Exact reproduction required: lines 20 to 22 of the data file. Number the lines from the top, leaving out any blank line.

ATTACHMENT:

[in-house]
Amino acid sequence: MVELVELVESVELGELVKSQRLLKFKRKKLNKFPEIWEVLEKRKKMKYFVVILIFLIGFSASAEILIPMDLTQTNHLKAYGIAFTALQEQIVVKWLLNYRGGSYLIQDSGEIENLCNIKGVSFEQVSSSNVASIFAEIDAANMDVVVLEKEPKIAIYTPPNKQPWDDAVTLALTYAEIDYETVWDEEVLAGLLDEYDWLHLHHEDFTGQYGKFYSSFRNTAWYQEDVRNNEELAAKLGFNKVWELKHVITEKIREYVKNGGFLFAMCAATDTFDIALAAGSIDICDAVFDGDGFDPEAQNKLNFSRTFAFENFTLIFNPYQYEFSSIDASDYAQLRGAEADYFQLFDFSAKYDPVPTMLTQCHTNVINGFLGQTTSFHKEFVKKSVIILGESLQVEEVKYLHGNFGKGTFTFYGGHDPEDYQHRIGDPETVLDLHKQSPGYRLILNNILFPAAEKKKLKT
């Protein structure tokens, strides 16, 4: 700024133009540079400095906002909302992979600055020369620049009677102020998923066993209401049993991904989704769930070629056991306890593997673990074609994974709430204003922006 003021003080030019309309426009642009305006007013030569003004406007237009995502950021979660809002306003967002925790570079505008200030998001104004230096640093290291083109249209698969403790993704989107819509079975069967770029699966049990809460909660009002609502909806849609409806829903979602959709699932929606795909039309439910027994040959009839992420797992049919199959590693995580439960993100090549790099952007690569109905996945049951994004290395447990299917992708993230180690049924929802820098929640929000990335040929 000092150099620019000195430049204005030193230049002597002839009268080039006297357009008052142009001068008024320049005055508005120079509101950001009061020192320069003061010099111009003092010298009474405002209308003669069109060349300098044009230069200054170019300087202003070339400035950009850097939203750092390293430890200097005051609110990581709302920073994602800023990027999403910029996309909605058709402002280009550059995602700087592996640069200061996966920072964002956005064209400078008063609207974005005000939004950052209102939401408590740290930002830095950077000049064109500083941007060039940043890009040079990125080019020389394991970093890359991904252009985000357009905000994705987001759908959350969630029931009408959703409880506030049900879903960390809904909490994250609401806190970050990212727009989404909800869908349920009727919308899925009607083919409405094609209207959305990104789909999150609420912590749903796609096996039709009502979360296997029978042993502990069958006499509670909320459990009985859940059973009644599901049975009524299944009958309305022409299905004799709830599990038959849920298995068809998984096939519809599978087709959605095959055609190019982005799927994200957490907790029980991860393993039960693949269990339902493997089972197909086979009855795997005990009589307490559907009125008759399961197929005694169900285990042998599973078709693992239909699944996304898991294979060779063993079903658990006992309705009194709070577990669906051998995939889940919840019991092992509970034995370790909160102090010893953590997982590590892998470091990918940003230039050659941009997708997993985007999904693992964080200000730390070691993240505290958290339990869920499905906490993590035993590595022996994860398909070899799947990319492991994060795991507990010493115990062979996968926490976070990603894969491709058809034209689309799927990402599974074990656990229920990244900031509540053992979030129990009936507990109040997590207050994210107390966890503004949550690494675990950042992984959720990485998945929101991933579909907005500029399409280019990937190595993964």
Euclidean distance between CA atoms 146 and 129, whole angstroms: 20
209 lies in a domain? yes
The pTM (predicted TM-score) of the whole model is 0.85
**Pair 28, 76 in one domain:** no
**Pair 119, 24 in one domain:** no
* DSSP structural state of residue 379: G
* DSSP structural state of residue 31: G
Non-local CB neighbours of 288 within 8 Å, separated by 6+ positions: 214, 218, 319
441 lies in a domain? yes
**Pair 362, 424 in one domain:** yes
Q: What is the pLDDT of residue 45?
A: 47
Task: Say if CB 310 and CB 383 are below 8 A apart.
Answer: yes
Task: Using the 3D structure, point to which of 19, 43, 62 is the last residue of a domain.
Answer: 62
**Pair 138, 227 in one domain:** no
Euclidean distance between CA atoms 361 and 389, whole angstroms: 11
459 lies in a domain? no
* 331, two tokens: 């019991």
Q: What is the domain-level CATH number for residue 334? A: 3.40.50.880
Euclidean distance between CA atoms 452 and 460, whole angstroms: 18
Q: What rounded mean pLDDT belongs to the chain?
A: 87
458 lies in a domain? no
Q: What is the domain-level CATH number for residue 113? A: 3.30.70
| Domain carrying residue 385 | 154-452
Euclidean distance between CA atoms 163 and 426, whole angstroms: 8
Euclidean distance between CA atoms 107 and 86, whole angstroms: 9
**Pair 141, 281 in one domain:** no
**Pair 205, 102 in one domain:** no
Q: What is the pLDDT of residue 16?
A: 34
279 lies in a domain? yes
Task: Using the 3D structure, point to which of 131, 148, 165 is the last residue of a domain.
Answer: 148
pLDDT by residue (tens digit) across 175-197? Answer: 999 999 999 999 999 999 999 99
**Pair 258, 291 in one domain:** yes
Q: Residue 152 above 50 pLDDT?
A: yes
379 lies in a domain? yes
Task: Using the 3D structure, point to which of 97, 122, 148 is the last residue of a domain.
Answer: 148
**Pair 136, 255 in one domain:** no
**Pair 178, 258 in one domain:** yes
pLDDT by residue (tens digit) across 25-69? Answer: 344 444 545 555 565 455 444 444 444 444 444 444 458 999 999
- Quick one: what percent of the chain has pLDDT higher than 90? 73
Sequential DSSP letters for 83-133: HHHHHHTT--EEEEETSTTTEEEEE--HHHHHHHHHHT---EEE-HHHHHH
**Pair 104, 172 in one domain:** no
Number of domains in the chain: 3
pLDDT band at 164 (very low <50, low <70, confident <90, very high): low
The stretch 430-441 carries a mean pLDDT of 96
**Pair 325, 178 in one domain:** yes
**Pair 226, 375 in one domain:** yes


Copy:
**Pair 138, 227 in one domain:** no
Euclidean distance between CA atoms 361 and 389, whole angstroms: 11
459 lies in a domain? no